Boundless Innovation

Road sign

How do you go from avoiding traffic accidents to avoiding painful vaccinations?

Admit it. When it comes to hypodermic needles, the bravest of us cringe a little - whether it’s oneself or one’s baby getting an immunisation. But what if getting an injection was nearly painless? Even better, what if needles were nearly invisible?

You might think it impossible, but not so for the ingenious minds of 3M scientists. They have figured out a way to attach hundreds of tiny micro-needles to a surface the size of a 5p piece. And they did it by drawing on sophisticated technology that 3M invented for use in the unlikeliest of places - along main roads.

The technology: Micro-replication. First pioneered in the 1960s, the process involves layering surfaces like plastic sheets with precisely sculpted, cloned shapes. Scientists found these exact, minuscule pyramids, then altered the physical, chemical and optical properties of the plastic surfaces, often in amazing ways.

The results proved nearly magical in the 1980s, when 3M applied the technology to road signs and roads themselves. With thousands of tiny prisms reflecting a car’s headlights back to the driver, signs and markers on main roads and in roadwork's appeared significantly brighter, helping drivers find their way safely.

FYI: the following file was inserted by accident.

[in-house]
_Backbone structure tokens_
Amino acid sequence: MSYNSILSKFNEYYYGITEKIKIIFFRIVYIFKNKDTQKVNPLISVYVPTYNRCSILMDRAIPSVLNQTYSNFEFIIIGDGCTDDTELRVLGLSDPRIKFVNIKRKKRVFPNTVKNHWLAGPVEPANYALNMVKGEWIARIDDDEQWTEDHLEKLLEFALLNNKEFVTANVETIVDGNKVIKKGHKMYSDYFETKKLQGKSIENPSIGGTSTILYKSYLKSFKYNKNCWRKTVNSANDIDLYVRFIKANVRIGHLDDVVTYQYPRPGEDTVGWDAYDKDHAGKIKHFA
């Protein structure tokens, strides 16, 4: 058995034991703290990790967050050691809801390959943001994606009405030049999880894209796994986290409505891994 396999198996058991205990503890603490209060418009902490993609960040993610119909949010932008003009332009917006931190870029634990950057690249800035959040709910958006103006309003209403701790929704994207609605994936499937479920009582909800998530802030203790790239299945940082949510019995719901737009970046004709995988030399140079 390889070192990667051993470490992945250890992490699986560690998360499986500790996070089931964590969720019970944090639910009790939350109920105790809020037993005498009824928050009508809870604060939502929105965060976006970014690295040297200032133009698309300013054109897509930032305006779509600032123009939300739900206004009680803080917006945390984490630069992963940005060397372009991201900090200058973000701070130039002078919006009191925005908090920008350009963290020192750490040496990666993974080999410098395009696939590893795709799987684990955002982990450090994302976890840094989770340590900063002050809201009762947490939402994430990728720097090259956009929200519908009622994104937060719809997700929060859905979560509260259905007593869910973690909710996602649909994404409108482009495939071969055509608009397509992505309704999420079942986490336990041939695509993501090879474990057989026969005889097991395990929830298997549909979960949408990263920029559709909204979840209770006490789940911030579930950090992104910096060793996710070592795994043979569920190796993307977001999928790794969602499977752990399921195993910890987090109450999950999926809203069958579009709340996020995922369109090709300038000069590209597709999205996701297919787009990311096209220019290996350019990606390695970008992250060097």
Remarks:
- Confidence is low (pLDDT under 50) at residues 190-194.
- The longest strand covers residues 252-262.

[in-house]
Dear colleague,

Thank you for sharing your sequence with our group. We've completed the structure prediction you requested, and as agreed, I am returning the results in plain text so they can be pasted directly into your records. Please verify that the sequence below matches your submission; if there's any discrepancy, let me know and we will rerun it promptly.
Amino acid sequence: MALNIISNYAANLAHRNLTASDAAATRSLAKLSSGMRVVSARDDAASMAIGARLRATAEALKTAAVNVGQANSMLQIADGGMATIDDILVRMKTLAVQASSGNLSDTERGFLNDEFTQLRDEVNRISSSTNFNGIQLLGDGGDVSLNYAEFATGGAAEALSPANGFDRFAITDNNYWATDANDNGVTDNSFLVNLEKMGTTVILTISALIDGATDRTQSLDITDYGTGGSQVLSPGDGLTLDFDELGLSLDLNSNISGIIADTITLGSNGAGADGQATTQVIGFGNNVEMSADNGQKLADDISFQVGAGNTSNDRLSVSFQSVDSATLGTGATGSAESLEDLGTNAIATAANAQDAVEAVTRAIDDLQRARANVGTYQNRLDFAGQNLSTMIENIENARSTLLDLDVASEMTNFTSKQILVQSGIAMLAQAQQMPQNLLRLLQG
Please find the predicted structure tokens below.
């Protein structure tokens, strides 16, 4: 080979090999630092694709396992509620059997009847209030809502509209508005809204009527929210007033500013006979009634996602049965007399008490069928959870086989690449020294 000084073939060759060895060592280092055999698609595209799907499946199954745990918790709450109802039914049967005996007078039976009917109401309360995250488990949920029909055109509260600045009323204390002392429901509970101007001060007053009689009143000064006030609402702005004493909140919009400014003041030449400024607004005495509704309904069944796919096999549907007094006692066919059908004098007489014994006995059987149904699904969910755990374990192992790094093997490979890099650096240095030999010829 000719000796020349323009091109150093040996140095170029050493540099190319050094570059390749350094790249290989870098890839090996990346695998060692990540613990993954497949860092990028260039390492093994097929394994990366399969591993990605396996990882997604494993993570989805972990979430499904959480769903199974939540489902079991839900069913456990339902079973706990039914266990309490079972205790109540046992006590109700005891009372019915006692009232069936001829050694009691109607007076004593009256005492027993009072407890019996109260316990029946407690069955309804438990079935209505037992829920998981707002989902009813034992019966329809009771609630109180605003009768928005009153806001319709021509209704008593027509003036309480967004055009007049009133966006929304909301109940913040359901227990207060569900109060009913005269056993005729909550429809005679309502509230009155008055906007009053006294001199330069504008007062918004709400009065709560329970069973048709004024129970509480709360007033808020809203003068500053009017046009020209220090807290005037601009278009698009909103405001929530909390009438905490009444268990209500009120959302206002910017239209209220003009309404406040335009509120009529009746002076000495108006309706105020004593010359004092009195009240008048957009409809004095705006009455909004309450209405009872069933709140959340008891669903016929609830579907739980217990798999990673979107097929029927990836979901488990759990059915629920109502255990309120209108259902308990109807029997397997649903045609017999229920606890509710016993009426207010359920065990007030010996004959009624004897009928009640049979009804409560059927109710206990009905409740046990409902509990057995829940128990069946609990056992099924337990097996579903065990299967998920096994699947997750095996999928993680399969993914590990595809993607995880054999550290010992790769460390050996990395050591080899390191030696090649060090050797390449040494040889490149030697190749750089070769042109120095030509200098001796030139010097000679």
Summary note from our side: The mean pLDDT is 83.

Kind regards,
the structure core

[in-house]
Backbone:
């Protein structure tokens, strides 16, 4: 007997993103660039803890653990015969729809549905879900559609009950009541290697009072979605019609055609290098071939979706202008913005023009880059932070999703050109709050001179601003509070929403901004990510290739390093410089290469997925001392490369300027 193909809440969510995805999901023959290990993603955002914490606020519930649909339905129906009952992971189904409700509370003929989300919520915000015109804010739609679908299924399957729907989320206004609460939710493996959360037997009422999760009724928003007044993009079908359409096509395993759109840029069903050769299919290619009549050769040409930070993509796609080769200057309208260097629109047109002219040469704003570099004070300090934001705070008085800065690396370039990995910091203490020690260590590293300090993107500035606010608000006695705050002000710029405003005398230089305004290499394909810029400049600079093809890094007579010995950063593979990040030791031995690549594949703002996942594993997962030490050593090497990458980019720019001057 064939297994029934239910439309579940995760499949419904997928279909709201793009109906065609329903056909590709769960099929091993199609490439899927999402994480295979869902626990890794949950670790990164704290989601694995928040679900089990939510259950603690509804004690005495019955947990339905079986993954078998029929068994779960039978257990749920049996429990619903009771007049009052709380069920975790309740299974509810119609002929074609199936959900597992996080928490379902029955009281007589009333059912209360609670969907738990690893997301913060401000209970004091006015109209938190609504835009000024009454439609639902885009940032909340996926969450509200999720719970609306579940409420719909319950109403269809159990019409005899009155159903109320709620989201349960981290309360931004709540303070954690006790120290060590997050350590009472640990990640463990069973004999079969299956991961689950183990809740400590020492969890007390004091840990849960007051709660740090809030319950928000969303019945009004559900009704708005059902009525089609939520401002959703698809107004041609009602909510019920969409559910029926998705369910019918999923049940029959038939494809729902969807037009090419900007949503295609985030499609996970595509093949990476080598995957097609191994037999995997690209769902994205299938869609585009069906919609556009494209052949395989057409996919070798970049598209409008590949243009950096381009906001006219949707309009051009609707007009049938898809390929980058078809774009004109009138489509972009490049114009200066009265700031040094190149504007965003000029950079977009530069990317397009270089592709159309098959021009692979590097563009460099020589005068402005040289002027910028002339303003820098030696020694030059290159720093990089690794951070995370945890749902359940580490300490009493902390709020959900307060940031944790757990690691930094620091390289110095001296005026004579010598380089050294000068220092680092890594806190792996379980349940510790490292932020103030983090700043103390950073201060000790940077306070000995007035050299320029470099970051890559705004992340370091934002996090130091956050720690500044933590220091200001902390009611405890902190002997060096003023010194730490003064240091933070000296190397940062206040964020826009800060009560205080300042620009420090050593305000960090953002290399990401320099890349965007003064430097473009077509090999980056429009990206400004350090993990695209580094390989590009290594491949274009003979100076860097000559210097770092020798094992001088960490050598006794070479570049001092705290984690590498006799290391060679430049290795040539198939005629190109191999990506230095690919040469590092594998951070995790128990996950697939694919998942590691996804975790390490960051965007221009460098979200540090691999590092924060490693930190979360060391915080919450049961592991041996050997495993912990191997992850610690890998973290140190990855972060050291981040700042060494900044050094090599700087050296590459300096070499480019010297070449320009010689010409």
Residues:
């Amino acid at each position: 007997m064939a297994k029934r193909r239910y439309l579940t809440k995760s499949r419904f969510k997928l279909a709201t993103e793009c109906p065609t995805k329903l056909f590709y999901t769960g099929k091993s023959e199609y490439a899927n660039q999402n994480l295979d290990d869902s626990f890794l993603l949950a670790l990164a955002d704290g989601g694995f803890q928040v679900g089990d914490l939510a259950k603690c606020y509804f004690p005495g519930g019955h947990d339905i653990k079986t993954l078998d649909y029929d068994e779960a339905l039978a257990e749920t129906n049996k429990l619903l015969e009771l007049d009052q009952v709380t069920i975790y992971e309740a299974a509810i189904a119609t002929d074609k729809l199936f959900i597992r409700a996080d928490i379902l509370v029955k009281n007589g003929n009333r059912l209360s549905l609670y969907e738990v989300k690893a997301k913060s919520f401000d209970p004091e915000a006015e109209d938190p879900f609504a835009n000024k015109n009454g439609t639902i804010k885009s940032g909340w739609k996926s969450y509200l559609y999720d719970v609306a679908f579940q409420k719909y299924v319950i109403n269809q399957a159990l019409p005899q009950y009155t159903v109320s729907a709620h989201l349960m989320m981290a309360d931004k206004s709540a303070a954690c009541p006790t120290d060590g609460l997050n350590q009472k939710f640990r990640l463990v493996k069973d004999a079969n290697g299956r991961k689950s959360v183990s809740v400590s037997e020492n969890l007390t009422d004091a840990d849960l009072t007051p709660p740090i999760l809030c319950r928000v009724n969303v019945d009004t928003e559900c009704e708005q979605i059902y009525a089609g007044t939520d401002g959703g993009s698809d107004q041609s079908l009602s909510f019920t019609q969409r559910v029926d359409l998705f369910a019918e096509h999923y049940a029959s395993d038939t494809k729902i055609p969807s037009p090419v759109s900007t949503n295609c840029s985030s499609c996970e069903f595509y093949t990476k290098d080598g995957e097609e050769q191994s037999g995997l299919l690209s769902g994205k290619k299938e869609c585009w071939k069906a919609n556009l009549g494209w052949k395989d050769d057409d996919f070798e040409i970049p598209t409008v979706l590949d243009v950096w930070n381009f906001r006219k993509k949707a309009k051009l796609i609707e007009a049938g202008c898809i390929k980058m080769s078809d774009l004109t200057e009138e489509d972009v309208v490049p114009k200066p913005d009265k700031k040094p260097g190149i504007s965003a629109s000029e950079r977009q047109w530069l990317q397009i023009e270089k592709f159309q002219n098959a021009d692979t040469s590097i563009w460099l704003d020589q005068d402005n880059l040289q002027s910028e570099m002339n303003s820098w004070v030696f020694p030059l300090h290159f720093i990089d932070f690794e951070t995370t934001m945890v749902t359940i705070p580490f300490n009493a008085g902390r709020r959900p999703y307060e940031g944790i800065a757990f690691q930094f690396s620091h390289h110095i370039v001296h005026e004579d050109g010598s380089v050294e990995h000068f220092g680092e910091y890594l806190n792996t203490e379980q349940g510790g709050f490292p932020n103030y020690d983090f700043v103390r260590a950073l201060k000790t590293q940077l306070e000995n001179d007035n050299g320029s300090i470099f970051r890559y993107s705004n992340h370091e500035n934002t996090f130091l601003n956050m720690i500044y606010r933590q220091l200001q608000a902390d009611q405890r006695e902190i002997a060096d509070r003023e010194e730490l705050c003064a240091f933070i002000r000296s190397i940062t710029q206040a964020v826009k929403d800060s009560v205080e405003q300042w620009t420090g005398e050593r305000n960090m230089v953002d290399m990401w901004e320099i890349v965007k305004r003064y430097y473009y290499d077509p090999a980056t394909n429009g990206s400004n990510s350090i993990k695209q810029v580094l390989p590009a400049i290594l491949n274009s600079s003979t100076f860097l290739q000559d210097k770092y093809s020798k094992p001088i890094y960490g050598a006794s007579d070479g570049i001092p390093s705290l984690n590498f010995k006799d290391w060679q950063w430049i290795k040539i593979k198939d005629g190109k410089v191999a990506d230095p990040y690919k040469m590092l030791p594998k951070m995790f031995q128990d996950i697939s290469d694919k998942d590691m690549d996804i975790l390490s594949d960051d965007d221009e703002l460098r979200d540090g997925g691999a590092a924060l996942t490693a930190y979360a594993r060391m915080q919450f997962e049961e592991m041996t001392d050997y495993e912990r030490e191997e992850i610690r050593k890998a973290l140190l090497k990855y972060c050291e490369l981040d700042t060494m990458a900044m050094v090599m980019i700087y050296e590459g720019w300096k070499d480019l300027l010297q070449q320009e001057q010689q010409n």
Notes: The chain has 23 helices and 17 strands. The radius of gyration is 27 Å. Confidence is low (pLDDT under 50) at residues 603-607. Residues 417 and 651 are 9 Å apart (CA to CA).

3M brilliance didn’t stop there. Micro-replication has produced friction-reducing films that help boats move swiftly and aircraft fly more efficiently; brighten computer screens, extending the life of laptop batteries; protect mobile devices from prying eyes with micro-louvers; and now, a device that dermatologists use with their patients prior to procedures or as follow up to the patient’s visit.

The 3M™ Micro-channel Skin System contains a tiny plastic disposable patch, with more than 300 solid micro-needles, allowing dermatologists to create tiny holes in the skin.

From this initial application, 3M scientists are developing micro-needle patches that can be used to deliver vaccines and other critical drugs. Patients might wear these for as little as 10 minutes or even 10 seconds. The patches will even be easy enough for patients to use themselves. Best of all, they could potentially eliminate those painful, and sometimes tearful, injections.

3M knows that little things matter. If micro-needles are any indication, the tinier the 3M innovations get, the bigger the impact.